An artist shines a light on the Muslim community.
April is Ramadan, a holy month with a rich history that millions of Muslims worldwide observe through fasting, prayer and introspection, and celebrations that have been passed down from generation to generation. In honour of this time of year, we spoke to Maiyra, an incredibly talented artist who uses her craft to uplift and shine a light on her community. Maiyra specializes in photography, batik, acrylic and oil painting, and digital art. Taking inspiration from her Islamic faith and influences—Maiyra draws from her experiences across Pakistani, Canadian, and Indian culture—she brings common cultural sayings and norms to the forefront of her platforms and respectfully reframes and takes ownership of them to reflect a younger generation’s values and points of views.
Reflections on the Past
Maiyra grew up in what she describes as a very traditional South Asian household within Canada. “I’m also the only daughter in a house of males so growing up was challenging due to cultural misogyny and gender roles. Overcoming those barriers while also embracing my roots was a tough balance.” But upon returning to Pakistan for the first time in her teens, Maiyra experienced a greater sense of connection with her culture. “Reuniting with my grandparents, learning my family history, and exploring my birthplace brought me immense happiness.” For Maiyra, the idea of “culture” is inextricably tied to history—”It’s our food, our clothing, our values, and our celebrations. For me, it stirs memories of family and tradition.”
Navigating between this deep love for her roots and a desire to forge new paths forward, Maiyra found the balance she was searching for. “Being empowered by strong women, and by educating not only myself but also my family, I was able to break free of expectations set in place for women in my community. I am now able to celebrate my culture not only in my life but also in my art, while also calling out and challenging toxic cultural norms.”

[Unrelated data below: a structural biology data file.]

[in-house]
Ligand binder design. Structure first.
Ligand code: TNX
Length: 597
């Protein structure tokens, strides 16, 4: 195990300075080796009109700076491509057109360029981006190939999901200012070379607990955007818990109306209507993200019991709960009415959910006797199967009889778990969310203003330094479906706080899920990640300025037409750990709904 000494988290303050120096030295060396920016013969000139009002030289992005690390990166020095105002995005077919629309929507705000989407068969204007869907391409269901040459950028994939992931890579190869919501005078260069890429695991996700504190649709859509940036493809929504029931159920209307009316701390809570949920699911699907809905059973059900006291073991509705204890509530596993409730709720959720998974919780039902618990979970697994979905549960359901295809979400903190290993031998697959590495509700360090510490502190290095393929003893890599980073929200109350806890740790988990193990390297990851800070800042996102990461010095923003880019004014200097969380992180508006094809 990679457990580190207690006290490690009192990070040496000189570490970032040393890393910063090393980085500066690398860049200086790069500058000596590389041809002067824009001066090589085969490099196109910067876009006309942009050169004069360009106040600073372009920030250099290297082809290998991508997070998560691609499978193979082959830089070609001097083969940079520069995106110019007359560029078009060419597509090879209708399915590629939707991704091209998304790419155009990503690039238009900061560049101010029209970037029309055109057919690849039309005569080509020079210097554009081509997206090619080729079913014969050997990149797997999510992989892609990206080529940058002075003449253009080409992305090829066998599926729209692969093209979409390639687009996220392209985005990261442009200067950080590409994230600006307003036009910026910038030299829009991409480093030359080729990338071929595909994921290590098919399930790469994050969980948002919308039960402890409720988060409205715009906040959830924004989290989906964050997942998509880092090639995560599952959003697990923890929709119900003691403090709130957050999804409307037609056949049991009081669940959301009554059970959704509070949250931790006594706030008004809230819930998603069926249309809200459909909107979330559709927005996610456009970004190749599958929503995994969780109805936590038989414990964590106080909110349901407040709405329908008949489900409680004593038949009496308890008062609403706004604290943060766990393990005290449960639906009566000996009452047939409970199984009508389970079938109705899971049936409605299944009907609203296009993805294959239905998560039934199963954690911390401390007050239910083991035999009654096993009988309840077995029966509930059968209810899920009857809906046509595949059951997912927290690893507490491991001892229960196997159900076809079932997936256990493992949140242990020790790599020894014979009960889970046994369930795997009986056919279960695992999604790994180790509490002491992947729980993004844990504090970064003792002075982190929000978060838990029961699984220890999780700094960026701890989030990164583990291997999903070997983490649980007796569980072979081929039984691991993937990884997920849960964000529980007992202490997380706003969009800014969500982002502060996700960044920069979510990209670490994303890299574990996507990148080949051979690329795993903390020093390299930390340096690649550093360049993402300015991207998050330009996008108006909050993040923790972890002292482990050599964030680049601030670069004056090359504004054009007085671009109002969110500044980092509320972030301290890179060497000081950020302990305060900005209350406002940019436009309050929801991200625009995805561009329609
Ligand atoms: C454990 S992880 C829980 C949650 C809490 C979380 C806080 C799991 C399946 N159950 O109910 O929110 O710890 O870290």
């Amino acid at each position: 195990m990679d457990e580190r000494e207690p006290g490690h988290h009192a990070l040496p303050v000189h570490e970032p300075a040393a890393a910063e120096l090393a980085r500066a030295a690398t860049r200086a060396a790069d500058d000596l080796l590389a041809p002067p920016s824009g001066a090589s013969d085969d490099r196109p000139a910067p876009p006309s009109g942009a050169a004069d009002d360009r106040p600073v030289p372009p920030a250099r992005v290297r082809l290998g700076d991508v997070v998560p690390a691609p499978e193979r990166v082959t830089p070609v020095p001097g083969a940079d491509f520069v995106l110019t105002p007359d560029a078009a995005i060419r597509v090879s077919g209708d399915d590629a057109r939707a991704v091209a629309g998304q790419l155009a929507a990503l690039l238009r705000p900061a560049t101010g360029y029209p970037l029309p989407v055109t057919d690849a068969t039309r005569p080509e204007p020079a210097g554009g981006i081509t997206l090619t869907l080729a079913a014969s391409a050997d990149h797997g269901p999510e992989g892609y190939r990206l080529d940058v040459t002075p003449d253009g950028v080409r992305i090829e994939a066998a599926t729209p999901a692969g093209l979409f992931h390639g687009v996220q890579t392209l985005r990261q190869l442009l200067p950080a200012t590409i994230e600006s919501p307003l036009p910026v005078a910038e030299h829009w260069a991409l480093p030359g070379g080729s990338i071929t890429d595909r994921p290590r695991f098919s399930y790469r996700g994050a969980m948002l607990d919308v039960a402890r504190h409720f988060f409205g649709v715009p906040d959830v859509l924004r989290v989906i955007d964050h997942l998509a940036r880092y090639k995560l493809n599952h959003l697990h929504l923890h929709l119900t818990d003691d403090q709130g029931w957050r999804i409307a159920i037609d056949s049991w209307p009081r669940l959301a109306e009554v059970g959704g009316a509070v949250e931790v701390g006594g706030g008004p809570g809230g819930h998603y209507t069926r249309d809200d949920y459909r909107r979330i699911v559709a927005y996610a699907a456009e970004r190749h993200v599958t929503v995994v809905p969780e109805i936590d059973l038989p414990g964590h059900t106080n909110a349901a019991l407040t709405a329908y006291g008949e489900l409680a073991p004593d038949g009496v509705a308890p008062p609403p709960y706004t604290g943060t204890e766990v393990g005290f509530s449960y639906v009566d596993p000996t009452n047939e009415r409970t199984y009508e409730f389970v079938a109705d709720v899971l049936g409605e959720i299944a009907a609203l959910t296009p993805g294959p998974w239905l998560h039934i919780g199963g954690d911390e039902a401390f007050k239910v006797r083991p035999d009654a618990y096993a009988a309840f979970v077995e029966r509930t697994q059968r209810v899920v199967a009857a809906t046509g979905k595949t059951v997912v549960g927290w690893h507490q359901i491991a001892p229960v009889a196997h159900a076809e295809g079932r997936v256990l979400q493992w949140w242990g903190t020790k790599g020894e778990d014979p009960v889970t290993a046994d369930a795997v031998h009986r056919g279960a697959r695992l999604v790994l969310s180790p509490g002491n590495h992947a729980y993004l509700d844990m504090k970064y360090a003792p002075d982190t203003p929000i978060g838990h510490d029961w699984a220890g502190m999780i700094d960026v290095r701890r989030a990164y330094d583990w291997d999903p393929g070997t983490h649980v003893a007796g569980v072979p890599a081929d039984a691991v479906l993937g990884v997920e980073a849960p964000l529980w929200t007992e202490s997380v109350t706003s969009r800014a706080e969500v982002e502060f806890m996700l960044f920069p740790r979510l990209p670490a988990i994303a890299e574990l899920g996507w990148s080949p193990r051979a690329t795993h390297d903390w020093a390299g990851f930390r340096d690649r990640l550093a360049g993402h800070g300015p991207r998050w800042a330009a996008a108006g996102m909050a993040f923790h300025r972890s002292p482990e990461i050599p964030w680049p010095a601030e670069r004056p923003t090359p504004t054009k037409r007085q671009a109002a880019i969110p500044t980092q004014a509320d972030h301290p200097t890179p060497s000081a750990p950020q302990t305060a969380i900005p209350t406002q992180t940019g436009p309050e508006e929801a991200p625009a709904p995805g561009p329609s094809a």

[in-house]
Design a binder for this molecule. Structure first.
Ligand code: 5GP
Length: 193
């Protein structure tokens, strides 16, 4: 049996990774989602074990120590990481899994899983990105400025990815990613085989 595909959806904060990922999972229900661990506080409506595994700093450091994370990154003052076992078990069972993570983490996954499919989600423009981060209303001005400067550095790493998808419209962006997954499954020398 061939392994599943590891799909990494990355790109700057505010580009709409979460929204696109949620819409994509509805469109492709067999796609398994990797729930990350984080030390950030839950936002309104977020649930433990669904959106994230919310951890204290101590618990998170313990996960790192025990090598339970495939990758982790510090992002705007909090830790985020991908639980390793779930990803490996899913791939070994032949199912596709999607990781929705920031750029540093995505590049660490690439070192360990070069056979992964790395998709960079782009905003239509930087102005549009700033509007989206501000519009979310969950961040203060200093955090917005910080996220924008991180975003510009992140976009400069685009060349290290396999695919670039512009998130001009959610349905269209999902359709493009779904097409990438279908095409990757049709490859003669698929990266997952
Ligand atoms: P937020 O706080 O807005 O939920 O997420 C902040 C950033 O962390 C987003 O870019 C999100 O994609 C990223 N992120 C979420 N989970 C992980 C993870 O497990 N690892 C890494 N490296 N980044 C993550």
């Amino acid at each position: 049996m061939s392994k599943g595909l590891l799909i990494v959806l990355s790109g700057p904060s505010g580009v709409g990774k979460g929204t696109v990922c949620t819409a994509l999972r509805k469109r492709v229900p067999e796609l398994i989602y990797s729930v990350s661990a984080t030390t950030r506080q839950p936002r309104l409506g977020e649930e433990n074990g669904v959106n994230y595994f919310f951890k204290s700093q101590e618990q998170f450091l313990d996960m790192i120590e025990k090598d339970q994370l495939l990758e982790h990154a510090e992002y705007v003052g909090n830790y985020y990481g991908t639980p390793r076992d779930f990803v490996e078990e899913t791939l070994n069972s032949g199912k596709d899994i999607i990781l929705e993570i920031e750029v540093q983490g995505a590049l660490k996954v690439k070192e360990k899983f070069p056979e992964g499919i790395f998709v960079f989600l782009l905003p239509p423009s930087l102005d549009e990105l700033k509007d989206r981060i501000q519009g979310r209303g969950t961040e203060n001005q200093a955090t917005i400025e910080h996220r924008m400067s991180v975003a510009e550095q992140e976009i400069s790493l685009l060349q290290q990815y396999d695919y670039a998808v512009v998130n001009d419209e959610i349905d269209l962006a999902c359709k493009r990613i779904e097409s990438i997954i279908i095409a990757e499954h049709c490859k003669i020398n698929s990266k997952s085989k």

A Fusion of Influences
Today, reflections of her cultural roots are threaded not only throughout Maiyra’s creative work, but also in her daily life. “It’s present in my family life in the form of food, which brings everyone together. It influences my art and my inspiration. I celebrate it through the language that I adamantly teach my younger cousins so as not to lose that part of our identities. I celebrate It by consistently having it present in many aspects of my life.”
Eid al-Fitr, the major Muslim holiday that marks the breaking of Ramadan’s month-long fasting traditions, holds special significance for Maiyra as “a day where everyone comes together with amazing and abundant dishes of food, dressed in our best cultural clothing. It's one of the most important days of the year for me and my family.” One particular Eid memory stands out as a moment that perfectly encapsulates the fusion of unique influences that make up Maiyra’s life.
“A memorable moment for me was Eid 2019. It was a huge traditional event where everyone was decked out in anarkalis and heavy bindis for one of the biggest days of the year for Muslims. Towards the end of the night we walked in all our traditional attire and heels to McDonalds where we sat and had iced coffees while getting stared at by the whole restaurant. It was a very funny and memorable time because it felt like I got to embrace all of my cultures that day; my South Asian roots, my western upbringing, and my Islamic faith.”
Balancing between these shifts across cultures and generations, Maiyra has created a life that is uniquely her own—one that honours her sense of self and creativity, and uplifts her community.
How do you celebrate your roots during culturally significant times of the year? Are there any traditions or norms that have shifted for you over the years? Share in the comments below!